A spellbinding road trip.

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A man and his buddy’s corpse journey through the South and its musical legacy in this novel.

It’s 1978, and washed-up folk singer Jim Logan is hanging out in New Orleans with his friend and one-time guitar partner Tom Parrish when Tom up and dies. Fulfilling a promise, Jim sticks Tom in a pine coffin, loads him into a 1951 Ford Country Squire station wagon, and sets out to drive him to Richmond, Virginia, for an improvised burial—all the while pursued by lowlifes in a Chrysler who want to retrieve a valuable diamond Tom swallowed before he died. That’s all the plot device needed to propel this luxurious shaggy dog story onward as Jim drives the back roads, observes the world passing by, and reminisces about his past, goaded by mellow conversational interjections from the voice of Tom’s ghost. The loose-jointed tale unfolds in episodic chapters, almost stand-alone short stories, that introduce Jim to people and places with a musical resonance. He visits the grave of a Delta bluesman; bestows his guitar on a poor boy; gives a ride to a woman in red singing a mysterious song; tours the Shiloh battlefield and discovers a Union soldier’s letter home describing the music of runaway slaves; and visits Elvis Presley’s birthplace, finding it a site of brisk commerce and heartbroken recollections for fans of the King. Jim also meets Chilly Antone, the once-well-known Senator of Western Swing, lobbying to get into the Country Music Hall of Fame; buys a banjo from a hillbilly luthier; spends an afternoon with an old flame; and drinks with other women, hard-boiled and softhearted, in various bars where honky-tonk jukebox soundtracks play in the background. Heslin’s (The Collapse of the Broadway Central, 2018) atmospheric yarn is less a linear narrative than a collection of character studies, landscapes, and soundscapes tied together by Jim’s ruminations on his own and the nation’s souls. It takes in an America of small-town cafes featuring seen-it-all waitresses, stolid national park rangers putting a wholesome face on the bloody chaos of the past, and the ceaseless current of traffic on highways washing past an archipelago of gas stations, set to the ubiquitous sound of pop, rock, and country and braying AM disk jockeys. The author skillfully evokes all these varied voices, from washerwomen to drunken sailors to prim grandmothers, in vignettes that are by turns pungent, funny, melancholy, and wistful, all rendered in a wonderfully impressionistic vernacular that brings to mind a blend of Faulkner and Kerouac. (“In the middle of a thunderstorm, smack inside the corporate limit of Burma Shave, you pick up Bessie Smith and you think you must be drifting off, there’s been no broadcast since the chicken and cornbread at Pep’s Missing Link Cafe, forty miles or so, but there she is, courtesy of a handful of watts somewhere, there she is on the outskirts of winter wheat with the victrola in her voice and your tank more full than empty.”) It’s not always clear where Jim and Tom are headed, but readers who like superb prose and compelling characters will be happy to ride along.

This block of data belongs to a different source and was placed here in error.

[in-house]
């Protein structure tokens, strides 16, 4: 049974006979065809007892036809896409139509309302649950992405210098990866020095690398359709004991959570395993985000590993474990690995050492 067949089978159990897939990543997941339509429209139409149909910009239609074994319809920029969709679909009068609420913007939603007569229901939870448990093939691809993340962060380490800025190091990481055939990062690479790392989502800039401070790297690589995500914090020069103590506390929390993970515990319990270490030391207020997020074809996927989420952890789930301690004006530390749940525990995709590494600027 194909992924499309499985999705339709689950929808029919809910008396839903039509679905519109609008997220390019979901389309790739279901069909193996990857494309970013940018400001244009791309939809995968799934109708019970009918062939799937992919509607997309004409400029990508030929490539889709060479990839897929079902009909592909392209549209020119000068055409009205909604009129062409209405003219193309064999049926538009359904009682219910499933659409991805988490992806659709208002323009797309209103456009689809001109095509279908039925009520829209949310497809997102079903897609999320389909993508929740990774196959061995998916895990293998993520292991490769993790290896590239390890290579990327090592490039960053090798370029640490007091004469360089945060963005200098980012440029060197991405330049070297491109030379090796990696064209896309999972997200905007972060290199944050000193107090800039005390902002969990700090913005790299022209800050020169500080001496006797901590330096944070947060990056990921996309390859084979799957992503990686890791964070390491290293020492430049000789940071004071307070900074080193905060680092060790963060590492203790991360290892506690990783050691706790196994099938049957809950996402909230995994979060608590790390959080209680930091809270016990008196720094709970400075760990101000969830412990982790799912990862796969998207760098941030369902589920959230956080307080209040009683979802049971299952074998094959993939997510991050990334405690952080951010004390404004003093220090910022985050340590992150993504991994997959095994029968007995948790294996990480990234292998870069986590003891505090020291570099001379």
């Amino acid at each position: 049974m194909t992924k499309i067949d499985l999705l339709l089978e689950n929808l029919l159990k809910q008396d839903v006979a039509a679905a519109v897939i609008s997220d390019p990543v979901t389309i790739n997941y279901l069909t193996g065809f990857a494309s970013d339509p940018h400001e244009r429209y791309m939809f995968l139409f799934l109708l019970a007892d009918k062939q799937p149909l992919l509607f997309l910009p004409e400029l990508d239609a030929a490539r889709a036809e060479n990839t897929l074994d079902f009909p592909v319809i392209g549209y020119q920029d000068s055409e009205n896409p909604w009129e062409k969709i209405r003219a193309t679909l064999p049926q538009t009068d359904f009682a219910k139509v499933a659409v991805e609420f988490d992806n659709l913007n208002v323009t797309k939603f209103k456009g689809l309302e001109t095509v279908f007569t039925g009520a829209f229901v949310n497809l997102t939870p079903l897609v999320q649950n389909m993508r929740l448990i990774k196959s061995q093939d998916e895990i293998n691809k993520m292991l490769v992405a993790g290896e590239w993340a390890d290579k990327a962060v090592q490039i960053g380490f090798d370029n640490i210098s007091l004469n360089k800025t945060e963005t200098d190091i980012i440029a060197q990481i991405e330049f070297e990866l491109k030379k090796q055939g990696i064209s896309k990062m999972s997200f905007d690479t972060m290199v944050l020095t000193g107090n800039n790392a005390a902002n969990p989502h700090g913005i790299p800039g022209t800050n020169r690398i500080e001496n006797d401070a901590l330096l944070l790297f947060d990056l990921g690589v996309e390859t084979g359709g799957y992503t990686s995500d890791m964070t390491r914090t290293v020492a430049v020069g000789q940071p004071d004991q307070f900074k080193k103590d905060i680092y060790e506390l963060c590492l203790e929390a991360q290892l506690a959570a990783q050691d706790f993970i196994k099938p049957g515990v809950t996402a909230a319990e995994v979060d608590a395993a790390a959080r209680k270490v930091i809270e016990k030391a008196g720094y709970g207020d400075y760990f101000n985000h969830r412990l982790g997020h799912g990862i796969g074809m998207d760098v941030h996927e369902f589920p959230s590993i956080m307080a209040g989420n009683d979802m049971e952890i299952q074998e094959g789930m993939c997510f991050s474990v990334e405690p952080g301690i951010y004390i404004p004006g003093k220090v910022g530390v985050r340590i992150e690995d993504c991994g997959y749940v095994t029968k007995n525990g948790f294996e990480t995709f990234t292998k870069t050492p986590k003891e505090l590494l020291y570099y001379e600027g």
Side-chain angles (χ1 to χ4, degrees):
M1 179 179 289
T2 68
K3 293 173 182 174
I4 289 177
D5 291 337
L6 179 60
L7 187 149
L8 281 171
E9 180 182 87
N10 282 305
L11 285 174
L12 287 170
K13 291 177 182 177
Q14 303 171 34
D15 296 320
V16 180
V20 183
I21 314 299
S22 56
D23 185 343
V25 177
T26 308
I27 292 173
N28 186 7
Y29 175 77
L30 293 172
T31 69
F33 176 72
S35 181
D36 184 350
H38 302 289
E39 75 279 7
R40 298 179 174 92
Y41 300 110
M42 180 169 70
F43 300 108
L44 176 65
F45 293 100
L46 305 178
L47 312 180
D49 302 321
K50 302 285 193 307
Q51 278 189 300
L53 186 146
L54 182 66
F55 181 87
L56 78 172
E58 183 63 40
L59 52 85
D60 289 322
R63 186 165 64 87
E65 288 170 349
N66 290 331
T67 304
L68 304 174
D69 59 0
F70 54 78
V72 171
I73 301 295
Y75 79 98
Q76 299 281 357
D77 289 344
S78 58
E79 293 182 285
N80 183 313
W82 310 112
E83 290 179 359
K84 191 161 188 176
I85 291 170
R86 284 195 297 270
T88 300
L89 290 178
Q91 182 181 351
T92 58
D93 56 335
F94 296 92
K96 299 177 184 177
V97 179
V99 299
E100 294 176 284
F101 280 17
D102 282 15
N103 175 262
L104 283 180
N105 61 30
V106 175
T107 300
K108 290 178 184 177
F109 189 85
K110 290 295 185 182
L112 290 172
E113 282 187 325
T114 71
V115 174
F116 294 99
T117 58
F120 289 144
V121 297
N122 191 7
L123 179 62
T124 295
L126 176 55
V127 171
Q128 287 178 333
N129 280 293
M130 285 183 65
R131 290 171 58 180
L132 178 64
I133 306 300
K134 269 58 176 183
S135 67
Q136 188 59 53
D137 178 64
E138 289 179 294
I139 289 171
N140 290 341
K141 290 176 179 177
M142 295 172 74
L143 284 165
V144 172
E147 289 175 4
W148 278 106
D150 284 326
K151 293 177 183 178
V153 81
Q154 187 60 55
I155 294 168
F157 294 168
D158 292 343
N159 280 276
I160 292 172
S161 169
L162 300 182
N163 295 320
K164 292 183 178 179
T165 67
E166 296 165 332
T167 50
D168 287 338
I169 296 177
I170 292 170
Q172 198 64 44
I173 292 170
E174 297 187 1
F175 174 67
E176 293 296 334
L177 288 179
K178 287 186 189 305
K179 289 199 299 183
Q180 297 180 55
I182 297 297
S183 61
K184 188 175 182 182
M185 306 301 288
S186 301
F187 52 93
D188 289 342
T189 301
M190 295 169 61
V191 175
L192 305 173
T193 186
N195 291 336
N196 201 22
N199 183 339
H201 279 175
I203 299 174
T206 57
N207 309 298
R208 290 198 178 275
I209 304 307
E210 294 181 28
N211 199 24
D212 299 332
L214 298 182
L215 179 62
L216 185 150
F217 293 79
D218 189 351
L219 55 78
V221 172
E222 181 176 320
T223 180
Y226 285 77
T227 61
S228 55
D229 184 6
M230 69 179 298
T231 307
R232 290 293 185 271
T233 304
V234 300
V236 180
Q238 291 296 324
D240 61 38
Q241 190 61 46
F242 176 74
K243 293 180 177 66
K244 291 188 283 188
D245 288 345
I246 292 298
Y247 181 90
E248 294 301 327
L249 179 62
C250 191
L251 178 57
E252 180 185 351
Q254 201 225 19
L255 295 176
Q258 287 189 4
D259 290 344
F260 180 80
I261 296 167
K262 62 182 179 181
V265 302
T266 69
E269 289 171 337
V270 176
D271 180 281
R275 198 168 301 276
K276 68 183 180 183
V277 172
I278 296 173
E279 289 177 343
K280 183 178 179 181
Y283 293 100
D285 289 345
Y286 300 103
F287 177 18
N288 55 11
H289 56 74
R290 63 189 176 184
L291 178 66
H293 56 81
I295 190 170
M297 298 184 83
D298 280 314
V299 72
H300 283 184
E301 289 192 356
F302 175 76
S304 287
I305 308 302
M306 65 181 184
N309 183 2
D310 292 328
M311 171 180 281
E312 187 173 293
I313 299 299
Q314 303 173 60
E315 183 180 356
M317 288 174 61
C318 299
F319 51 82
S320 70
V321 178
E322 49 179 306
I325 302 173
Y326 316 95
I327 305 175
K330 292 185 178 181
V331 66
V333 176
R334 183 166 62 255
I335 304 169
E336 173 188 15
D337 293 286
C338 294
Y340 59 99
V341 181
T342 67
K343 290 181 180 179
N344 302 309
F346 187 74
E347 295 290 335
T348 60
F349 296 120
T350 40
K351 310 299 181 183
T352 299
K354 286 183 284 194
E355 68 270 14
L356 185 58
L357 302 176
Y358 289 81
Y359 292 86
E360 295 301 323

A spellbinding road trip.

Pub Date: May 7, 2018

ISBN: 978-1-941138-92-2

Page Count: 170

Publisher: Three Knolls Publishing

Review Posted Online: May 2, 2019

Kirkus Reviews Issue: June 15, 2019

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An enjoyable, cozy novel that touches on tough topics.